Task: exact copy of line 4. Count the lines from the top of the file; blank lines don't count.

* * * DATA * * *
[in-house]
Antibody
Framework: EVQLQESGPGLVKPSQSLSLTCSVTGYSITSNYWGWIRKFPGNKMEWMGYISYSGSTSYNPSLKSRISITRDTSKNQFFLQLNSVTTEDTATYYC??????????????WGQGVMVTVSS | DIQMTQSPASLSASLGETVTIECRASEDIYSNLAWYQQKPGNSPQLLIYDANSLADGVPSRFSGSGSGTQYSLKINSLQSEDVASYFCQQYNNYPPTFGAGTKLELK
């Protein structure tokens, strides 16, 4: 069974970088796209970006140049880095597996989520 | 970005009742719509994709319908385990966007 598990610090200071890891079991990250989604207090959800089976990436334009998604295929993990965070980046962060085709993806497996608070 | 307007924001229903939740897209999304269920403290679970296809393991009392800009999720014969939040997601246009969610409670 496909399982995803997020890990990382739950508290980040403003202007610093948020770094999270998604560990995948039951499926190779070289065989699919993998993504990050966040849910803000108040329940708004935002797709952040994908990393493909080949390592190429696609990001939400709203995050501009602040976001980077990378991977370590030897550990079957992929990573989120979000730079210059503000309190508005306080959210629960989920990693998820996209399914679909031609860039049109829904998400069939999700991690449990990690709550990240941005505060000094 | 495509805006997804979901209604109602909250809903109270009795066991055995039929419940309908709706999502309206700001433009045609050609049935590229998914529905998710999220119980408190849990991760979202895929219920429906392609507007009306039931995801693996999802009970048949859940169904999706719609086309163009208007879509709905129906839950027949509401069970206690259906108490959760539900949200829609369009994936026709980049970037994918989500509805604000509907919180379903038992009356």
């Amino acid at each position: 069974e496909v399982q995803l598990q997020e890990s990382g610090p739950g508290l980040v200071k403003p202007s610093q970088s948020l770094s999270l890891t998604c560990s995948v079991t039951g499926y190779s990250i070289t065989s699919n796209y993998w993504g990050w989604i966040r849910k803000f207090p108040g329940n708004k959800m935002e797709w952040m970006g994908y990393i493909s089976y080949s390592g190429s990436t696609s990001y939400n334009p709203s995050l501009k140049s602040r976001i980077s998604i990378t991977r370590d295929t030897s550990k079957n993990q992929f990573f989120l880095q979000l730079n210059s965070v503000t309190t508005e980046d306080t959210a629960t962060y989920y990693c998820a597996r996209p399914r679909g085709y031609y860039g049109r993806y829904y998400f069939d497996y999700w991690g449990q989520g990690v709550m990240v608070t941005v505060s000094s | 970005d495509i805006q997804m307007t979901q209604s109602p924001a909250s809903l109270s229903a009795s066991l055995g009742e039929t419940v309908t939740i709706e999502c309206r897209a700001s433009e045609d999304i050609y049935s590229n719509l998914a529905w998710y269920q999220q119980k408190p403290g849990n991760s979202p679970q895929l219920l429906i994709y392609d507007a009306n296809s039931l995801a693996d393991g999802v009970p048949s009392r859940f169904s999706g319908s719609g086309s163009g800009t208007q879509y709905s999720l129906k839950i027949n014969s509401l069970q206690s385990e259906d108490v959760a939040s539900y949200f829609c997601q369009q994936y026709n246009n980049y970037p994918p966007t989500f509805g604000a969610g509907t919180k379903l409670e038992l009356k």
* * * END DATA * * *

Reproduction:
């Protein structure tokens, strides 16, 4: 069974970088796209970006140049880095597996989520 | 970005009742719509994709319908385990966007 598990610090200071890891079991990250989604207090959800089976990436334009998604295929993990965070980046962060085709993806497996608070 | 307007924001229903939740897209999304269920403290679970296809393991009392800009999720014969939040997601246009969610409670 496909399982995803997020890990990382739950508290980040403003202007610093948020770094999270998604560990995948039951499926190779070289065989699919993998993504990050966040849910803000108040329940708004935002797709952040994908990393493909080949390592190429696609990001939400709203995050501009602040976001980077990378991977370590030897550990079957992929990573989120979000730079210059503000309190508005306080959210629960989920990693998820996209399914679909031609860039049109829904998400069939999700991690449990990690709550990240941005505060000094 | 495509805006997804979901209604109602909250809903109270009795066991055995039929419940309908709706999502309206700001433009045609050609049935590229998914529905998710999220119980408190849990991760979202895929219920429906392609507007009306039931995801693996999802009970048949859940169904999706719609086309163009208007879509709905129906839950027949509401069970206690259906108490959760539900949200829609369009994936026709980049970037994918989500509805604000509907919180379903038992009356």